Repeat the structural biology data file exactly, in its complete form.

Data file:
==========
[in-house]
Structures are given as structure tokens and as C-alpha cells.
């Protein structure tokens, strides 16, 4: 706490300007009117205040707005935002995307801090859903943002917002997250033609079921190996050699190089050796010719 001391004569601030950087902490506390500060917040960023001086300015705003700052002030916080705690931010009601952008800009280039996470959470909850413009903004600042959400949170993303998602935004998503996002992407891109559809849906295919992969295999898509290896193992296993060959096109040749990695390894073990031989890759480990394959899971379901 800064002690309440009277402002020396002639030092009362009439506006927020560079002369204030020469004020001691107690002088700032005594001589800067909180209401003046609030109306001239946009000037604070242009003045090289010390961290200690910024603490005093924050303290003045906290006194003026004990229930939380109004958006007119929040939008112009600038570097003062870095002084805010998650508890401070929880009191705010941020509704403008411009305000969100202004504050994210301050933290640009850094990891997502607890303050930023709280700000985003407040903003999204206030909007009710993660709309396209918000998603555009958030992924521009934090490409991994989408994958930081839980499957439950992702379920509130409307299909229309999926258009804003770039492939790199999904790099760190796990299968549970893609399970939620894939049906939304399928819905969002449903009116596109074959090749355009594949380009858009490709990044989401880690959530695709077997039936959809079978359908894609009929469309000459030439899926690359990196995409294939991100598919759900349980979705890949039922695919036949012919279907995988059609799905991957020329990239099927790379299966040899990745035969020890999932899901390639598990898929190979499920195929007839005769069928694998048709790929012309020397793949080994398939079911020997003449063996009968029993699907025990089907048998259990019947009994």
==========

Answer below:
[in-house]
Structures are given as structure tokens and as C-alpha cells.
């Protein structure tokens, strides 16, 4: 706490300007009117205040707005935002995307801090859903943002917002997250033609079921190996050699190089050796010719 001391004569601030950087902490506390500060917040960023001086300015705003700052002030916080705690931010009601952008800009280039996470959470909850413009903004600042959400949170993303998602935004998503996002992407891109559809849906295919992969295999898509290896193992296993060959096109040749990695390894073990031989890759480990394959899971379901 800064002690309440009277402002020396002639030092009362009439506006927020560079002369204030020469004020001691107690002088700032005594001589800067909180209401003046609030109306001239946009000037604070242009003045090289010390961290200690910024603490005093924050303290003045906290006194003026004990229930939380109004958006007119929040939008112009600038570097003062870095002084805010998650508890401070929880009191705010941020509704403008411009305000969100202004504050994210301050933290640009850094990891997502607890303050930023709280700000985003407040903003999204206030909007009710993660709309396209918000998603555009958030992924521009934090490409991994989408994958930081839980499957439950992702379920509130409307299909229309999926258009804003770039492939790199999904790099760190796990299968549970893609399970939620894939049906939304399928819905969002449903009116596109074959090749355009594949380009858009490709990044989401880690959530695709077997039936959809079978359908894609009929469309000459030439899926690359990196995409294939991100598919759900349980979705890949039922695919036949012919279907995988059609799905991957020329990239099927790379299966040899990745035969020890999932899901390639598990898929190979499920195929007839005769069928694998048709790929012309020397793949080994398939079911020997003449063996009968029993699907025990089907048998259990019947009994």